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Generating TopoJSON debug

December 14, 2015

(Update: since originally posting this, I have learned a trick or two which avoids some of the problems discussed here. Nonetheless, this post still stands as potentially helpful to anyone walking the same path I did. See below for details.)

This is one of those posts that a confounded developer hopes to find in a time of need. The situation: generating TopoJSON files. Presented here are two attempts to generate a TopoJSON file; the first one failed, the second worked for me, YMMV. The fail path is due to a naive attempt to do the conversion in one step. The successful path is one I eventually figured out that involves two steps. The two step process consists of using topojson and then GDAL (on OSX, it can be installed via brew install gdal).

As part of the seattle-boundaries project, I needed to translate a shapefile for the Seattle City Council Districts to TopoJSON. I got the shapefile, SeattleCityCouncil_Districts.zip, from the City of Seattle’s open data site.

TopoJSON is from the mind of Mike Bostock. As part of that effort he created a “small, sharp tool” for generating TopoJSON files. The command line tool is appropriately called topojson.

My naive and doomed first attempt was to generate the TopoJSON directly from the shapefile, which is advertised as possible.

topojson --out seattle-city-council-districts-as-topojson.bad.json City_Council_Districts.shp

(Update: turns out the mistake I made was not using the --spherical option. Inspecting the *.prj file that came with the *.shp file revealed that the data was on a spherical projection. Re-running original command as topojson --spherical ... worked like a charm.)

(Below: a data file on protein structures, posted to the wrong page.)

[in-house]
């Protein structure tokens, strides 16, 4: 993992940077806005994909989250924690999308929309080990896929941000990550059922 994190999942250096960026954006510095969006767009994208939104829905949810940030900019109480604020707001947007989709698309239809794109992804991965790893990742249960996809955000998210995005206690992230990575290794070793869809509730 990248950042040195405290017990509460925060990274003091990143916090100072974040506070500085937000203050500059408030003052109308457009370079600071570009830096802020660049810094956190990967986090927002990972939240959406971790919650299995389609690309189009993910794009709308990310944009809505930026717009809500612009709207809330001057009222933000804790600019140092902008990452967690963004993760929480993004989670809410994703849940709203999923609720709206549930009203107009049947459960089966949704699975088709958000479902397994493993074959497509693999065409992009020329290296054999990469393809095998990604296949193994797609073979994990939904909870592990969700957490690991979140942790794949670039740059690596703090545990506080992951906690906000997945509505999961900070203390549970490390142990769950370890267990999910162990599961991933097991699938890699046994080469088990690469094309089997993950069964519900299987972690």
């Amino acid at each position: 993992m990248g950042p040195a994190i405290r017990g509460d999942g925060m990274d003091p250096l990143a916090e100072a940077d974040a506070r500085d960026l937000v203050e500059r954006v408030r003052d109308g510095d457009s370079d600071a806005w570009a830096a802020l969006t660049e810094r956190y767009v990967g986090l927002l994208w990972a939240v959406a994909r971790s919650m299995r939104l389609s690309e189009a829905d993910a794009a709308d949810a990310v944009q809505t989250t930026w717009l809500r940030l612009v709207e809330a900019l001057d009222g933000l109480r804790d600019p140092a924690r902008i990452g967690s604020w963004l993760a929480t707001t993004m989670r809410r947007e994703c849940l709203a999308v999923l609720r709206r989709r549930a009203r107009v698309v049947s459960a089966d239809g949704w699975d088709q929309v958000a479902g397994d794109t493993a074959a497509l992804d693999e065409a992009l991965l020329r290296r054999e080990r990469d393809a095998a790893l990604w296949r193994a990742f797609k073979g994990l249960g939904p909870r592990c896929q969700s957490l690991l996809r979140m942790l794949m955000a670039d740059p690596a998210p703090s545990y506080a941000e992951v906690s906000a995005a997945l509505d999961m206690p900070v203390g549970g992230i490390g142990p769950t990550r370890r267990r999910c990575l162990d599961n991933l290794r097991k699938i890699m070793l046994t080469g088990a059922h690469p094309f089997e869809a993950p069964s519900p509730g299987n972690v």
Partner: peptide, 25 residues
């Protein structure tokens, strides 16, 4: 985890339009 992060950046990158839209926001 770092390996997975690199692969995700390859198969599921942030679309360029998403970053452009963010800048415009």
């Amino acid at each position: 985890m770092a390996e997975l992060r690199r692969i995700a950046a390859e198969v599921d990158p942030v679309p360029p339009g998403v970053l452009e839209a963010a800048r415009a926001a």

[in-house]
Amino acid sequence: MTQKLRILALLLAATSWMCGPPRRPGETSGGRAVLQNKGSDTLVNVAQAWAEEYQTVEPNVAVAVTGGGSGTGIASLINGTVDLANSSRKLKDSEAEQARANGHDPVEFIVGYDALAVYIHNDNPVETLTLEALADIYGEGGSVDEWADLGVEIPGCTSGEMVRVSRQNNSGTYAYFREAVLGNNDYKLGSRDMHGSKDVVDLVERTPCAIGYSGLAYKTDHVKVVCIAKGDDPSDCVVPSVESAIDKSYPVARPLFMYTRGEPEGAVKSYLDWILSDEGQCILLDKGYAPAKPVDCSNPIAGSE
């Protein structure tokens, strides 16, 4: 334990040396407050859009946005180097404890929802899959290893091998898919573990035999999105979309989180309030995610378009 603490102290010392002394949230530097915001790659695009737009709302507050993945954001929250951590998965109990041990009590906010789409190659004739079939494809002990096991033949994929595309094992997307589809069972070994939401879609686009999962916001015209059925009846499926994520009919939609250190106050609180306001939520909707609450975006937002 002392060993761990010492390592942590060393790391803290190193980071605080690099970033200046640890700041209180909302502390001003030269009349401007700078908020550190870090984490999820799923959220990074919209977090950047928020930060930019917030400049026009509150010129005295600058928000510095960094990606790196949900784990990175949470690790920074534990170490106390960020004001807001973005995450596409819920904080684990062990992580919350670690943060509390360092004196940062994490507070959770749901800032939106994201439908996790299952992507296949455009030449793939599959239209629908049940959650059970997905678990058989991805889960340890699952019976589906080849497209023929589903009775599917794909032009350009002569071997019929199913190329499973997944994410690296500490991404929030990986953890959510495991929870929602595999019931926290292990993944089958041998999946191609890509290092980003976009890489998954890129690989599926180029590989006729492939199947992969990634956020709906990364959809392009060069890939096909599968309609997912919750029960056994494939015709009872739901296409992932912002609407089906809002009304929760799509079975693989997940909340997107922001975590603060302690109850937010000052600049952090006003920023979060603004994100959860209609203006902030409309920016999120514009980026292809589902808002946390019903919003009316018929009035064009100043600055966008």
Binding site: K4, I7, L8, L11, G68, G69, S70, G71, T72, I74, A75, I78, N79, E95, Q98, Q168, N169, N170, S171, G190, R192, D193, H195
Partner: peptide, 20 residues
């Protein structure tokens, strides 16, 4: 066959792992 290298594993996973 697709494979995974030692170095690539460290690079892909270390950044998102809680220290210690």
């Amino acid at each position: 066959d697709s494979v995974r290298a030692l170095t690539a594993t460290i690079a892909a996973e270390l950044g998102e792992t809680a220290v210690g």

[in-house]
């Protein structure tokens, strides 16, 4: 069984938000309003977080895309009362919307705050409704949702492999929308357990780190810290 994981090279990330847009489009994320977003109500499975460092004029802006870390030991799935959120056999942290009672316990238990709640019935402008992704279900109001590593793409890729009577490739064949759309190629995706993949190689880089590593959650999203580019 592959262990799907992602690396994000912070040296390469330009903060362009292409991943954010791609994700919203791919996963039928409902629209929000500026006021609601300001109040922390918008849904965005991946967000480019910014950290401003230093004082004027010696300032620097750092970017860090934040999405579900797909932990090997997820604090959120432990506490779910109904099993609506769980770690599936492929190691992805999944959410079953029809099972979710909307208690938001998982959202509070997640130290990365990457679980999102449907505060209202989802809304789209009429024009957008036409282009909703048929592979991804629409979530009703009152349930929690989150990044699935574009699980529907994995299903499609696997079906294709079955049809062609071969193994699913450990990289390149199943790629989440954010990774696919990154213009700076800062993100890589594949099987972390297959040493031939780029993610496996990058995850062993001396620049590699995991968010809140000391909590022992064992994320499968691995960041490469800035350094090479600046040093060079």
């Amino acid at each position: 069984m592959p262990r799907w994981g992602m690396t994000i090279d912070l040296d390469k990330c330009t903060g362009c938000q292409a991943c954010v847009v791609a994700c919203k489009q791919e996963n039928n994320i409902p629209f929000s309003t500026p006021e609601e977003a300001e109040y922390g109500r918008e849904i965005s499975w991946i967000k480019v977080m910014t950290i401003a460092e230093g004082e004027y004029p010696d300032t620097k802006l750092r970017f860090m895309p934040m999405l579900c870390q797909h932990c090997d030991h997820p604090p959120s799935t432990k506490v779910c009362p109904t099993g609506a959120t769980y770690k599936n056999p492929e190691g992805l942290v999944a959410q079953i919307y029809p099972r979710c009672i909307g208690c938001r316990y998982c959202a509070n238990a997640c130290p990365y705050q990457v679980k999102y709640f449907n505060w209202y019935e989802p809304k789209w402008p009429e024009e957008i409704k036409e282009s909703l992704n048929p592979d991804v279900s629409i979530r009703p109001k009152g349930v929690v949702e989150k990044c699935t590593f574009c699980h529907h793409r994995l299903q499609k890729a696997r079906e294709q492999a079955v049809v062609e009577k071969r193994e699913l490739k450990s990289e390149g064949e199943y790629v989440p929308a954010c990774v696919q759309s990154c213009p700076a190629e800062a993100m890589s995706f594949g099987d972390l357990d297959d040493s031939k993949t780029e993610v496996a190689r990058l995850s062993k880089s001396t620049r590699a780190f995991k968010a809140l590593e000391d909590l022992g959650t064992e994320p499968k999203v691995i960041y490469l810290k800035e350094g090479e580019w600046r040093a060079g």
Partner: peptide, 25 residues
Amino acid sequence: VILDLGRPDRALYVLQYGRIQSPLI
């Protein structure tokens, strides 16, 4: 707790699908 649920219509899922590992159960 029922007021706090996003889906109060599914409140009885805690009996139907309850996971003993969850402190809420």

Below is the generated file, uploaded to GitHub. Notice the orange line at the north pole. That is the TopoJSON rendered (read: FAIL).

Generated TopoJSON which does not work

The tool, topojson, can read from multiple file formats, including shapefiles (*.shp), but there were problems with it converting the Seattle City Council District file. The root of the problem is in the JSON with the nutty bbox and transform which clearly are not latitude and longitude numbers:

bbox: [
  1244215.911418721,
  183749.53649789095,
  1297226.8887299001,
  271529.74938854575
],
...
translate: [
  1244215.911418721,
  183749.53649789095
]

On the other hand, if this file is uploaded to mapshaper.org then it renders well. Note though that there is no geographic “context” for the rendering, i.e., no global map and the Seattle City Districts are scaled to take up the full window’s allocated pixels. Perhaps mapshaper is not using the bbox and such, which enables it to render.

I explored the topojson command line switches but was not getting anywhere, so I went to Plan B which eventually got me better results. This involved two stages: first use GDAL’s ogr2ogr to translate the shapefile to GeoJSON, and then feed the GeoJSON to topojson.

ogr2ogr -f GeoJSON -t_srs crs:84 seattle-city-council-districts-as-geojson.json City_Council_Districts.shp
topojson --out seattle-city-council-districts-as-topojson.good.json seattle-city-council-districts-as-geojson.json

The resulting TopoJSON renders on GitHub as follows.

Generated TopoJSON which does work

Notice how the districts are colored orange, similar to the TopoJSON “North Pole line” in the bad file.

I guess ogr2ogr is better at handling shapefiles. TopoJSON was invented in order to make a more efficient geo-info JSON format that the rather “naive” GeoJSON, so it stands to reason that Bostock’s tool is better at GeoJSON to TopoJSON than it is at Shapefile to TopoJSON. Or at least that is my guess. I have no ability to judge the quality of the input Shapefile; maybe the thing was funky to start with.

For more information and all the files related to this task, check out my GitHub repo on this topic.

Update: Take 2 of the work in the post used topojson@1.6.20 and I am not sure which version was used for Take 1 but that version of topojson was installed over six months earlier.

Also, the City now has UI for exporting (read: downloading) their datasets as GeoJSON, which leads to another option: use topojson to convert the City’s GeoJSON to TopoJSON, no shapefile involved at all.


John Tigue

Tech and neuroscience writting by John Tigue, who also microblogs about (mostly) similar topics on Twitter as @johntigue